Anna Lou was ready. Her strong will made it very difficult for her not to want to try to “claw her way into Heaven by her own strength”, but she understood that even at her best, she could never be good enough. I think she understood that God forgave her the mistakes and regrets of her life. Just like He will forgive you and I . . . if we trust Him.  Anna Lou came to the point where she was ready to rest in the arms of Jesus.

Finally Paul, (and Jesus) talks about life beyond the grave in terms that fill our hearts with anticipation.  Jesus talks about mansions prepared for us.  Paul talks about getting a body that will never diminish or decay. The Apostle John talks about a place where there is no more crying, no more pain, and no more darkness. The Bible calls it Heaven. It is the life that we can live after death.

Frankly, it all sounds a little too good to be true, doesn’t it? It sounds somewhat like simple words designed to comfort simple minds. But I am convinced that it is so much more than that.

Jesus not only died . . . He also rose from the grave. These are historical facts. I have somewhat of a cynical nature and I’ve examined the evidence. It sounded too good to me, also. But I stand here today convinced that Jesus came back from the dead, instructed His disciples on the life to come, and then returned to Heaven to wait for me . . . for you . . . and for Anna Lou.

Because of the resurrection of Jesus, I have concluded that there is life beyond the grave. And that life is granted to everyone who sincerely trusts in and follows Jesus Christ.

I believe Anna Lou Reed did this. I wish she hadn’t turned her back on God for those years. But she came back. God gave her time to return to Him. And she did. Now she is in the presence of the Lord for eternity.

So, I encourage you to do several things.  First, I encourage you to celebrate the life of Anna Lou Reed. Remember the great stories. Recall the joy she brought to your heart.  Remember the times she was there to help you through tough times. Give thanks for her life even as you mourn her death.

Second, I encourage you to look at your own life.  Ask that all-important question: “On what basis do I think I will go to Heaven?”  Don’t put off this important issue.  Are you trusting your goodness, or His? Have you received the gift of forgiveness and life or have scorned it?  It’s time to get right with God.  When we turn to Him and God places His spirit in our heart and lives, we find peace.  And we also find that we can better handle the peaks and valleys of life. And we can face death without fear.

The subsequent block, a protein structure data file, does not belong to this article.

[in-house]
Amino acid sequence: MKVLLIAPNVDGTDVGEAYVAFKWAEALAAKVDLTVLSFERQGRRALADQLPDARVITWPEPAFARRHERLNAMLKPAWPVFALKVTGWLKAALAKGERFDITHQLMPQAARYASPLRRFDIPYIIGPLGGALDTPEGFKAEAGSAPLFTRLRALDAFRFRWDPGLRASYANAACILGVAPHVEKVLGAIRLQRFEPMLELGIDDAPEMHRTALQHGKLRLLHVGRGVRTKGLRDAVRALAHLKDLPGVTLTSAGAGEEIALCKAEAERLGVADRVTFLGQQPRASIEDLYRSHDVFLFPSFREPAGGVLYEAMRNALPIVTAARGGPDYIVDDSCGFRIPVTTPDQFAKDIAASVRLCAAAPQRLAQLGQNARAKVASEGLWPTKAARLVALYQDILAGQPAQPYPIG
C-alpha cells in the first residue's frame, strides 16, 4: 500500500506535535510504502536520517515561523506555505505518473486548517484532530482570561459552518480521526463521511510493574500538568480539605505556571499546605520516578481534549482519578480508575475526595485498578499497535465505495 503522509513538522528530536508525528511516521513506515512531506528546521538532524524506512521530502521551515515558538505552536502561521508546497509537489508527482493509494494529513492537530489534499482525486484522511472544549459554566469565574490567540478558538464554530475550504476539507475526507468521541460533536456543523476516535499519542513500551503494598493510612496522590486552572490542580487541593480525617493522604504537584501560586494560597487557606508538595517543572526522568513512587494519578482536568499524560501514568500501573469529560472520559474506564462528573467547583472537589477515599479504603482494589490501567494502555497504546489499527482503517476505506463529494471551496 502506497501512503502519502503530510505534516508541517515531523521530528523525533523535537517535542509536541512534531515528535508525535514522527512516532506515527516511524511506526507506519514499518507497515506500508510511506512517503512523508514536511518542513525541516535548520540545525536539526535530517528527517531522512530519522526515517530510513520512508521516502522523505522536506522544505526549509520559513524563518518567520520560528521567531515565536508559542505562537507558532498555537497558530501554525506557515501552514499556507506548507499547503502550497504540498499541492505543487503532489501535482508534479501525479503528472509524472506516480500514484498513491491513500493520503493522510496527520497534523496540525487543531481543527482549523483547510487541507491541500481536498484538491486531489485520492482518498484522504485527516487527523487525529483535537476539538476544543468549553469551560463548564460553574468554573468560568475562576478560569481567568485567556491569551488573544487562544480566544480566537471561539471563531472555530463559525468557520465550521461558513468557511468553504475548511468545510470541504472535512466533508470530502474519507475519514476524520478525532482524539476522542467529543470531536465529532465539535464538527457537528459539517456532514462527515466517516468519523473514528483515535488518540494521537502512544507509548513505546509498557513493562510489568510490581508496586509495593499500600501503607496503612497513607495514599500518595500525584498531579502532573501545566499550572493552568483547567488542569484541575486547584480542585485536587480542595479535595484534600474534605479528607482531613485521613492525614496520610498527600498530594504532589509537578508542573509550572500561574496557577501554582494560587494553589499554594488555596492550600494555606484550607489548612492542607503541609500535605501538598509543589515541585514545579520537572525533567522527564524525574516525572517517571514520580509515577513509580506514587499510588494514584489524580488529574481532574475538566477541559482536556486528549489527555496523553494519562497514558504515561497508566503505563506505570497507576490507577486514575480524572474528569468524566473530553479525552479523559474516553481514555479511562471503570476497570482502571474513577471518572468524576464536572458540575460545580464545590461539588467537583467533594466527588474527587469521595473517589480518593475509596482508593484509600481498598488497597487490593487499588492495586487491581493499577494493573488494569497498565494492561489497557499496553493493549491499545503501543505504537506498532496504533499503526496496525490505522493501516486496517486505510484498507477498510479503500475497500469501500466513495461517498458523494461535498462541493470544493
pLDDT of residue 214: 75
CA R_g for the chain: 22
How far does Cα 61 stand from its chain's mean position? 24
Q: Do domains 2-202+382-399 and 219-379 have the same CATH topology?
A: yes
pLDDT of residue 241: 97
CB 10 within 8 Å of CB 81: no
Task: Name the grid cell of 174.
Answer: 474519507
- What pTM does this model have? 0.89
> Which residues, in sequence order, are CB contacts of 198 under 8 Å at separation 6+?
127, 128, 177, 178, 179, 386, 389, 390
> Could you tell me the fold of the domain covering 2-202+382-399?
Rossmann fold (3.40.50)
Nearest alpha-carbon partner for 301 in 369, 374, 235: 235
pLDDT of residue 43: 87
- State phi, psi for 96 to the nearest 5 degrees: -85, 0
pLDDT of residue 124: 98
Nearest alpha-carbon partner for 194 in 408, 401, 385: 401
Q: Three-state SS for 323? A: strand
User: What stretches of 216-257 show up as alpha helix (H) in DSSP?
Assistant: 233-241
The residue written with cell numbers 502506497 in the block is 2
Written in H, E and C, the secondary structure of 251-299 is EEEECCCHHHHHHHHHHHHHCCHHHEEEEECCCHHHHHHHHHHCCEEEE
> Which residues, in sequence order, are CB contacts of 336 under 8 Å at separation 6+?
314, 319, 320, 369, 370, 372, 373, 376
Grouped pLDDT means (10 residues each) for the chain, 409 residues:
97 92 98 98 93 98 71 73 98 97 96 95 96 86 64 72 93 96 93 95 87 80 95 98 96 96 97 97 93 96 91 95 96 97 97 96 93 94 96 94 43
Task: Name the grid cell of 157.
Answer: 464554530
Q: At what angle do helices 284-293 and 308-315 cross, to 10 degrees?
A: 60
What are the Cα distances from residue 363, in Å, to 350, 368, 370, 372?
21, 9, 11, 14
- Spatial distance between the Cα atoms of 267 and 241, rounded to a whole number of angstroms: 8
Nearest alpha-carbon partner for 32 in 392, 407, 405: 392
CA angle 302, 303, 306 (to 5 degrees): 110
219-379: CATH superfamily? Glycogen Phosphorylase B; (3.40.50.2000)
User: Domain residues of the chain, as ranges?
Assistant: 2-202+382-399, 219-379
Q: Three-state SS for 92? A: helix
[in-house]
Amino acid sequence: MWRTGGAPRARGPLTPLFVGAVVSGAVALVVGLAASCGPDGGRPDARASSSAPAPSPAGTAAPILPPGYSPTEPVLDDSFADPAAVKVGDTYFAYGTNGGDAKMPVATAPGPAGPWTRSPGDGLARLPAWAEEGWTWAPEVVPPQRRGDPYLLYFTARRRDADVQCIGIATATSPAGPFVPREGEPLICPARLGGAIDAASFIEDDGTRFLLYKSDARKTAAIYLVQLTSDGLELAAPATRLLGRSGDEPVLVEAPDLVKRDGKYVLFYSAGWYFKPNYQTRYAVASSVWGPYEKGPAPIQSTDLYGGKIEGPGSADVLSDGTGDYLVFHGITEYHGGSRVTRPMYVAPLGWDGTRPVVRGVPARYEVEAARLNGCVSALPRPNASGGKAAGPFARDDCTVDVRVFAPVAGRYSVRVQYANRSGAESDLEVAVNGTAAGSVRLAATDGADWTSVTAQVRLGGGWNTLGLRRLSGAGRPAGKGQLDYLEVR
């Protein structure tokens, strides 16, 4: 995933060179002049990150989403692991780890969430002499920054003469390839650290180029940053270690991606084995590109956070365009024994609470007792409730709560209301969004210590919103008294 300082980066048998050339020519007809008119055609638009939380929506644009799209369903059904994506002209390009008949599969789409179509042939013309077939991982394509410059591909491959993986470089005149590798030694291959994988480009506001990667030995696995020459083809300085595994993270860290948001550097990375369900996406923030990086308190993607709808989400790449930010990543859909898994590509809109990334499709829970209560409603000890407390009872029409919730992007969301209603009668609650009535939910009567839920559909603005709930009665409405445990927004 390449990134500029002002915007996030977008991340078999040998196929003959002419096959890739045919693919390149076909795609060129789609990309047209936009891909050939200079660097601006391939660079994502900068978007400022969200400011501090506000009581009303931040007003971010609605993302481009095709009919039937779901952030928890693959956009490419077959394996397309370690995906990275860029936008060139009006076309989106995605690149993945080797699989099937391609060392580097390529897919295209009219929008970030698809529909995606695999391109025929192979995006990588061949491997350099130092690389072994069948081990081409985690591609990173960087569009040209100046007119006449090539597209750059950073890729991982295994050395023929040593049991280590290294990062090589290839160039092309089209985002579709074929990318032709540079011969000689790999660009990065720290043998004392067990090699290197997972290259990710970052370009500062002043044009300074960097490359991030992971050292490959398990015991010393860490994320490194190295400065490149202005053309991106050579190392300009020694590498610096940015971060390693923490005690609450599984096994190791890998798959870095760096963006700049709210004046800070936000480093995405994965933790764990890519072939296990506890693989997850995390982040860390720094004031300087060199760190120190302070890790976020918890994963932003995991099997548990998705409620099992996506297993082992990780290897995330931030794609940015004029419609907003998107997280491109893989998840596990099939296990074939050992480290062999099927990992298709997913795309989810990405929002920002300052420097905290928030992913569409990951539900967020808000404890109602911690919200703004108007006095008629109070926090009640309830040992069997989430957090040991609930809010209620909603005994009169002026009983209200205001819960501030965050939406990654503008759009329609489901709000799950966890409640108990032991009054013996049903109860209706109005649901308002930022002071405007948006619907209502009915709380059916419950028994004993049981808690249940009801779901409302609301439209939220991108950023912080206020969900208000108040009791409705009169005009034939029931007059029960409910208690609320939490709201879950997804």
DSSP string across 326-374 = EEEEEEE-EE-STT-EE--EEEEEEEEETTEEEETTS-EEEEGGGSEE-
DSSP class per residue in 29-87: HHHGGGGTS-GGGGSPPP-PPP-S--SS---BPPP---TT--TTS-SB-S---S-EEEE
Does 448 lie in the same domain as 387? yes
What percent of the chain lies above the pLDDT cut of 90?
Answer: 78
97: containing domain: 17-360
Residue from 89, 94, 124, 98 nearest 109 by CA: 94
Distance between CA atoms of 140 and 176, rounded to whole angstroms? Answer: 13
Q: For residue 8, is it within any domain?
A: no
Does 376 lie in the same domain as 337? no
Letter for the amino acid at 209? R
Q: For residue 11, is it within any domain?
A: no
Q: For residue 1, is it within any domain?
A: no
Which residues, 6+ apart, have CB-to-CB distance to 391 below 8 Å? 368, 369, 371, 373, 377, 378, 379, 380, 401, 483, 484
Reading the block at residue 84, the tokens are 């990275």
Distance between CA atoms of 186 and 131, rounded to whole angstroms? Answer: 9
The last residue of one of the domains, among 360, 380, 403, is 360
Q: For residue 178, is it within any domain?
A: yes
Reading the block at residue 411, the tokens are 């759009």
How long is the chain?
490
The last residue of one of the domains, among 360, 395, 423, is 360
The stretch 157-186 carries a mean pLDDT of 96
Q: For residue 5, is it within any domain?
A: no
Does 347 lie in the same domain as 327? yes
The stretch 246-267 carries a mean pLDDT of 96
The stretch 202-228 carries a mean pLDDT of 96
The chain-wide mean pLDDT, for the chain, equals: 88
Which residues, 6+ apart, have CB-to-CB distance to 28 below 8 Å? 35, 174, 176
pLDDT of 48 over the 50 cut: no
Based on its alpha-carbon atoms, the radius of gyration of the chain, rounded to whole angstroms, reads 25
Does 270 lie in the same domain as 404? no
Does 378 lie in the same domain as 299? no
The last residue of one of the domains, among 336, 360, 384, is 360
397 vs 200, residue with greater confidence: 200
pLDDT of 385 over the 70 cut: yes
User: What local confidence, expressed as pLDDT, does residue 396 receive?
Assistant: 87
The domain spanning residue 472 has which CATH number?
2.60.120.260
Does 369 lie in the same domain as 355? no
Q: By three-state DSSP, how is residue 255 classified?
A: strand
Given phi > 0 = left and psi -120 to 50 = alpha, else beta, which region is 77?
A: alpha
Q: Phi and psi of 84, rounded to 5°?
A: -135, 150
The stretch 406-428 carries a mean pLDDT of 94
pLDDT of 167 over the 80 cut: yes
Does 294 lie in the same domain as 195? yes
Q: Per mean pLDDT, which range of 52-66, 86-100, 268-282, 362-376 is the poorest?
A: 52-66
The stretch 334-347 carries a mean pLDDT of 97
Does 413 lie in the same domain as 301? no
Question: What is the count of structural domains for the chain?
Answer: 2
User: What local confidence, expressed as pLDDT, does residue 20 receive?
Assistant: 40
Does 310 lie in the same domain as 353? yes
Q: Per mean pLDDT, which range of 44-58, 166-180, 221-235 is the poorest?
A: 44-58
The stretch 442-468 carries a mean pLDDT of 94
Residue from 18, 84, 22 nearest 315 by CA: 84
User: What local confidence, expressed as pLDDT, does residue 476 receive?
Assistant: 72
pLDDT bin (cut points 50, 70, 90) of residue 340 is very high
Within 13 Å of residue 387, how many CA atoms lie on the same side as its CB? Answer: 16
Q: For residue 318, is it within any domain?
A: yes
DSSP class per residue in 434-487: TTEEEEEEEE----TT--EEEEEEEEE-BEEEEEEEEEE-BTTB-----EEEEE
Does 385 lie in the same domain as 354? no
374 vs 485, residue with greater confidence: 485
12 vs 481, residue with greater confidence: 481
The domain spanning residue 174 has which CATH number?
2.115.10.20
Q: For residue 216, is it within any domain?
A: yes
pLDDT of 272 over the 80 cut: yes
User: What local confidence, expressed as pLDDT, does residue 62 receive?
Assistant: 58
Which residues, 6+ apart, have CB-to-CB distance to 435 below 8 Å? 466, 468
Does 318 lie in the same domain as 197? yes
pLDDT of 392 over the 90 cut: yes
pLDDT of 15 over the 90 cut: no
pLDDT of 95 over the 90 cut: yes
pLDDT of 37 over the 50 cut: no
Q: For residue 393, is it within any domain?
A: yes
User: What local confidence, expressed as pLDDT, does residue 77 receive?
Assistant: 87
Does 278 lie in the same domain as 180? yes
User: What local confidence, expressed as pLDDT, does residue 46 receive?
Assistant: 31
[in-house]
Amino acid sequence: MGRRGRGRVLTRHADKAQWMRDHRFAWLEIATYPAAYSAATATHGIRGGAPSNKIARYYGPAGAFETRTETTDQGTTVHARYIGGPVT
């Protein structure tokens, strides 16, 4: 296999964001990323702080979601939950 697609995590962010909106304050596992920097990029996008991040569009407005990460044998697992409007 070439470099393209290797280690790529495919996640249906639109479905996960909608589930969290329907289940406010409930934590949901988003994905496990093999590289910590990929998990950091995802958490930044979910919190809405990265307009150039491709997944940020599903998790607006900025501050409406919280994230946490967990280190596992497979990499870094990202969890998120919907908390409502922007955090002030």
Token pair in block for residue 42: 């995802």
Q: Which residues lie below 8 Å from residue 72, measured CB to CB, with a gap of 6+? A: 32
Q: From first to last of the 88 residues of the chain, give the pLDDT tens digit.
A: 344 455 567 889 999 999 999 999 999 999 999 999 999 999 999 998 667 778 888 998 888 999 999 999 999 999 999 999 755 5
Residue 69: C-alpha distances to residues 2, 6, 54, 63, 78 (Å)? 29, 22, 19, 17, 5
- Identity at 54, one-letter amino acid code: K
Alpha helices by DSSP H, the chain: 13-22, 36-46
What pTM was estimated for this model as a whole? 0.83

Finally, I encourage you to set your thoughts not on the last hours of pain and agony that Anna Lou went through. Don’t keep playing those moments over and over in your head.  Instead, think through the first minutes and hours of the welcome, reunion, and life as she entered heaven. Try to imagine her joy and excitement in seeing the Savior.

It’s really quite a picture.  The pain has gone away.  The fear is lifted. She is no longer lonely.  She is with Jesus, with her family, and her friends who have trusted Christ and gone before her.  Hopefully, she has already been reunited with her parents, with Janice, and her many other friends.  And I’m suspect that in the midst of all the joy, Anna Lou is relieved to know that in Heaven you will never run out of the things you need, and things will never ever get dirty.

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Our Father. Once again we thank you for the life of Anna Lou Reed.  We thank you for her spirit, her songs, her strength and her faithfulness.

We ask now that you would welcome Anna Lou into your presence. Fill her with the life that only you can give. Let her know that she was loved and will be missed.

We ask Lord, that You work in us so that we might grow in our faith. Grant that we may come to trust you for our salvation and someday, see Anna Lou again.

Grant comfort to this family. Remind them often of the good times.  And even more, draw them close to you. We ask these things in the name of Christ.  Amen.